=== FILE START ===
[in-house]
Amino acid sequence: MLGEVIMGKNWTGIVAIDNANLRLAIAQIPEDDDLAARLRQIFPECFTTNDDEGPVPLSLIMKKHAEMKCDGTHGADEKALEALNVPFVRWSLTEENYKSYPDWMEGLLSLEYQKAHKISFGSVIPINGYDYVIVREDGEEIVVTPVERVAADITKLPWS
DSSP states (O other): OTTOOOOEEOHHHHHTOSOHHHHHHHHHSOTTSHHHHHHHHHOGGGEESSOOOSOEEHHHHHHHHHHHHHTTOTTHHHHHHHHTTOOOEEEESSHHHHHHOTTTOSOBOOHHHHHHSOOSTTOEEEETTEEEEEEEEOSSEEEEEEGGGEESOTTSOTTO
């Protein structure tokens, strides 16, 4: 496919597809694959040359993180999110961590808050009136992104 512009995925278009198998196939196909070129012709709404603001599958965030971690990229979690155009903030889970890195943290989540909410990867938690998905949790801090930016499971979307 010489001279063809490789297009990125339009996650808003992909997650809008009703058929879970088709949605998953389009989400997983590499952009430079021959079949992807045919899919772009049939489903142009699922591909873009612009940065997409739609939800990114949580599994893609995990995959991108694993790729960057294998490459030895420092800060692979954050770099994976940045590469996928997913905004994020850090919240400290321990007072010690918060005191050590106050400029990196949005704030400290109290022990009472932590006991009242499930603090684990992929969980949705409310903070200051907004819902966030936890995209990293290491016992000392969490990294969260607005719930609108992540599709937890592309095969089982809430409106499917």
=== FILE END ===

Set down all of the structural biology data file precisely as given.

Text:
[in-house]
Amino acid sequence: MLGEVIMGKNWTGIVAIDNANLRLAIAQIPEDDDLAARLRQIFPECFTTNDDEGPVPLSLIMKKHAEMKCDGTHGADEKALEALNVPFVRWSLTEENYKSYPDWMEGLLSLEYQKAHKISFGSVIPINGYDYVIVREDGEEIVVTPVERVAADITKLPWS
DSSP states (O other): OTTOOOOEEOHHHHHTOSOHHHHHHHHHSOTTSHHHHHHHHHOGGGEESSOOOSOEEHHHHHHHHHHHHHTTOTTHHHHHHHHTTOOOEEEESSHHHHHHOTTTOSOBOOHHHHHHSOOSTTOEEEETTEEEEEEEEOSSEEEEEEGGGEESOTTSOTTO
């Protein structure tokens, strides 16, 4: 496919597809694959040359993180999110961590808050009136992104 512009995925278009198998196939196909070129012709709404603001599958965030971690990229979690155009903030889970890195943290989540909410990867938690998905949790801090930016499971979307 010489001279063809490789297009990125339009996650808003992909997650809008009703058929879970088709949605998953389009989400997983590499952009430079021959079949992807045919899919772009049939489903142009699922591909873009612009940065997409739609939800990114949580599994893609995990995959991108694993790729960057294998490459030895420092800060692979954050770099994976940045590469996928997913905004994020850090919240400290321990007072010690918060005191050590106050400029990196949005704030400290109290022990009472932590006991009242499930603090684990992929969980949705409310903070200051907004819902966030936890995209990293290491016992000392969490990294969260607005719930609108992540599709937890592309095969089982809430409106499917």